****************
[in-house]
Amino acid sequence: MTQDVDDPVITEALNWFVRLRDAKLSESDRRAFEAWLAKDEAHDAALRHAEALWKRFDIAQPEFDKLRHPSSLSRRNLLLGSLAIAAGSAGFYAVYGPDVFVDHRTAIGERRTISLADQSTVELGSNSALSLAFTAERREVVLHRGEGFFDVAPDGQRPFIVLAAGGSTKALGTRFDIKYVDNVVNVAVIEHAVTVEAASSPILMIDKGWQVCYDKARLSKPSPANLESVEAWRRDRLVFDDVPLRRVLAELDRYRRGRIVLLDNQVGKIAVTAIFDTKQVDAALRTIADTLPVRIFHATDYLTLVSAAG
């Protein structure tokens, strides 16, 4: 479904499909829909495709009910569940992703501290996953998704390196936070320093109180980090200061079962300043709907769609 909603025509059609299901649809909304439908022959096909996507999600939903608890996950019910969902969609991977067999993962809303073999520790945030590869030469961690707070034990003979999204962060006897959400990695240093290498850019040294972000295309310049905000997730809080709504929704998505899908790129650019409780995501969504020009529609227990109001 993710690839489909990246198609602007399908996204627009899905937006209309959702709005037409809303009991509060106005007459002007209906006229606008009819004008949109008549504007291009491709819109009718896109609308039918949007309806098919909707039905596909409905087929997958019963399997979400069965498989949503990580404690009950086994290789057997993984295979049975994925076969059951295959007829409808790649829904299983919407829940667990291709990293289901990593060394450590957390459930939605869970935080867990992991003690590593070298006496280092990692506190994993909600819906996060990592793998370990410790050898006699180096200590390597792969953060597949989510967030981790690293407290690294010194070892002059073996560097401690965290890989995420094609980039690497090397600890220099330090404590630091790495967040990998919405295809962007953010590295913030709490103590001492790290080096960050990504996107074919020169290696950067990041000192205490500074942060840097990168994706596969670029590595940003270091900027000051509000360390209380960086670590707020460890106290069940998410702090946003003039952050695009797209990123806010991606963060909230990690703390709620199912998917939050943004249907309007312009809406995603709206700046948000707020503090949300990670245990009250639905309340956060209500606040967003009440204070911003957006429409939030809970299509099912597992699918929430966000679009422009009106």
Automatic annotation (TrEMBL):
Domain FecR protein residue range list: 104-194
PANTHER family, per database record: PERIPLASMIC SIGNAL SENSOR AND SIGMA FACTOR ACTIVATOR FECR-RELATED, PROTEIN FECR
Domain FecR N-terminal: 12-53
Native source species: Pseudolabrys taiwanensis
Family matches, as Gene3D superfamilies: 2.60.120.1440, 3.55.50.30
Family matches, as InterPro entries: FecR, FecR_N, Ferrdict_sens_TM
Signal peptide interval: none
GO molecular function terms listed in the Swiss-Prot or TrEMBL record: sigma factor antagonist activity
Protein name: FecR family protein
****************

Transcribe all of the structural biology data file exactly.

[in-house]
Amino acid sequence: MTQDVDDPVITEALNWFVRLRDAKLSESDRRAFEAWLAKDEAHDAALRHAEALWKRFDIAQPEFDKLRHPSSLSRRNLLLGSLAIAAGSAGFYAVYGPDVFVDHRTAIGERRTISLADQSTVELGSNSALSLAFTAERREVVLHRGEGFFDVAPDGQRPFIVLAAGGSTKALGTRFDIKYVDNVVNVAVIEHAVTVEAASSPILMIDKGWQVCYDKARLSKPSPANLESVEAWRRDRLVFDDVPLRRVLAELDRYRRGRIVLLDNQVGKIAVTAIFDTKQVDAALRTIADTLPVRIFHATDYLTLVSAAG
């Protein structure tokens, strides 16, 4: 479904499909829909495709009910569940992703501290996953998704390196936070320093109180980090200061079962300043709907769609 909603025509059609299901649809909304439908022959096909996507999600939903608890996950019910969902969609991977067999993962809303073999520790945030590869030469961690707070034990003979999204962060006897959400990695240093290498850019040294972000295309310049905000997730809080709504929704998505899908790129650019409780995501969504020009529609227990109001 993710690839489909990246198609602007399908996204627009899905937006209309959702709005037409809303009991509060106005007459002007209906006229606008009819004008949109008549504007291009491709819109009718896109609308039918949007309806098919909707039905596909409905087929997958019963399997979400069965498989949503990580404690009950086994290789057997993984295979049975994925076969059951295959007829409808790649829904299983919407829940667990291709990293289901990593060394450590957390459930939605869970935080867990992991003690590593070298006496280092990692506190994993909600819906996060990592793998370990410790050898006699180096200590390597792969953060597949989510967030981790690293407290690294010194070892002059073996560097401690965290890989995420094609980039690497090397600890220099330090404590630091790495967040990998919405295809962007953010590295913030709490103590001492790290080096960050990504996107074919020169290696950067990041000192205490500074942060840097990168994706596969670029590595940003270091900027000051509000360390209380960086670590707020460890106290069940998410702090946003003039952050695009797209990123806010991606963060909230990690703390709620199912998917939050943004249907309007312009809406995603709206700046948000707020503090949300990670245990009250639905309340956060209500606040967003009440204070911003957006429409939030809970299509099912597992699918929430966000679009422009009106």
Automatic annotation (TrEMBL):
Domain FecR protein residue range list: 104-194
PANTHER family, per database record: PERIPLASMIC SIGNAL SENSOR AND SIGMA FACTOR ACTIVATOR FECR-RELATED, PROTEIN FECR
Domain FecR N-terminal: 12-53
Native source species: Pseudolabrys taiwanensis
Family matches, as Gene3D superfamilies: 2.60.120.1440, 3.55.50.30
Family matches, as InterPro entries: FecR, FecR_N, Ferrdict_sens_TM
Signal peptide interval: none
GO molecular function terms listed in the Swiss-Prot or TrEMBL record: sigma factor antagonist activity
Protein name: FecR family protein